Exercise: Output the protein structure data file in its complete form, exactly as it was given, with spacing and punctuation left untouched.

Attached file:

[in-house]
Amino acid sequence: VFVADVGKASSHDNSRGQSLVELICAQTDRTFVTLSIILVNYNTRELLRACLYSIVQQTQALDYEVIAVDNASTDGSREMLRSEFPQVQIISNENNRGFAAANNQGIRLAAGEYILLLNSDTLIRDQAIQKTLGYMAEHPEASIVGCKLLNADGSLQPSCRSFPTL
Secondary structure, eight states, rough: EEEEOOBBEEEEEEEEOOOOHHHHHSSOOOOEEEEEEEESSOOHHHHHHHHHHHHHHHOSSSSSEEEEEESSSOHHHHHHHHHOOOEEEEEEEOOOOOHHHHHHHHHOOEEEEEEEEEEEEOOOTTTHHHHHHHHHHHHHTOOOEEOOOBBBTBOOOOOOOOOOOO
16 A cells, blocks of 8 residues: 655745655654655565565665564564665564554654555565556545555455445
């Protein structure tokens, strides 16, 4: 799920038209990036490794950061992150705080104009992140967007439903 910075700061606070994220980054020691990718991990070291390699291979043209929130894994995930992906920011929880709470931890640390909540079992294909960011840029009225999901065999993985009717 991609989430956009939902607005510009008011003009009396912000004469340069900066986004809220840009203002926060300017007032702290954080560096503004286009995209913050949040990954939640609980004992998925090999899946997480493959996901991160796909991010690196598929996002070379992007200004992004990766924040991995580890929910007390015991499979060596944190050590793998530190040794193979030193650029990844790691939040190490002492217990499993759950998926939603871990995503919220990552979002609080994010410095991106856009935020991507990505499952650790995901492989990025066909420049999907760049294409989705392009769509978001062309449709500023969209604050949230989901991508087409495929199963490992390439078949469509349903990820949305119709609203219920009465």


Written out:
[in-house]
Amino acid sequence: VFVADVGKASSHDNSRGQSLVELICAQTDRTFVTLSIILVNYNTRELLRACLYSIVQQTQALDYEVIAVDNASTDGSREMLRSEFPQVQIISNENNRGFAAANNQGIRLAAGEYILLLNSDTLIRDQAIQKTLGYMAEHPEASIVGCKLLNADGSLQPSCRSFPTL
Secondary structure, eight states, rough: EEEEOOBBEEEEEEEEOOOOHHHHHSSOOOOEEEEEEEESSOOHHHHHHHHHHHHHHHOSSSSSEEEEEESSSOHHHHHHHHHOOOEEEEEEEOOOOOHHHHHHHHHOOEEEEEEEEEEEEOOOTTTHHHHHHHHHHHHHTOOOEEOOOBBBTBOOOOOOOOOOOO
16 A cells, blocks of 8 residues: 655745655654655565565665564564665564554654555565556545555455445
């Protein structure tokens, strides 16, 4: 799920038209990036490794950061992150705080104009992140967007439903 910075700061606070994220980054020691990718991990070291390699291979043209929130894994995930992906920011929880709470931890640390909540079992294909960011840029009225999901065999993985009717 991609989430956009939902607005510009008011003009009396912000004469340069900066986004809220840009203002926060300017007032702290954080560096503004286009995209913050949040990954939640609980004992998925090999899946997480493959996901991160796909991010690196598929996002070379992007200004992004990766924040991995580890929910007390015991499979060596944190050590793998530190040794193979030193650029990844790691939040190490002492217990499993759950998926939603871990995503919220990552979002609080994010410095991106856009935020991507990505499952650790995901492989990025066909420049999907760049294409989705392009769509978001062309449709500023969209604050949230989901991508087409495929199963490992390439078949469509349903990820949305119709609203219920009465």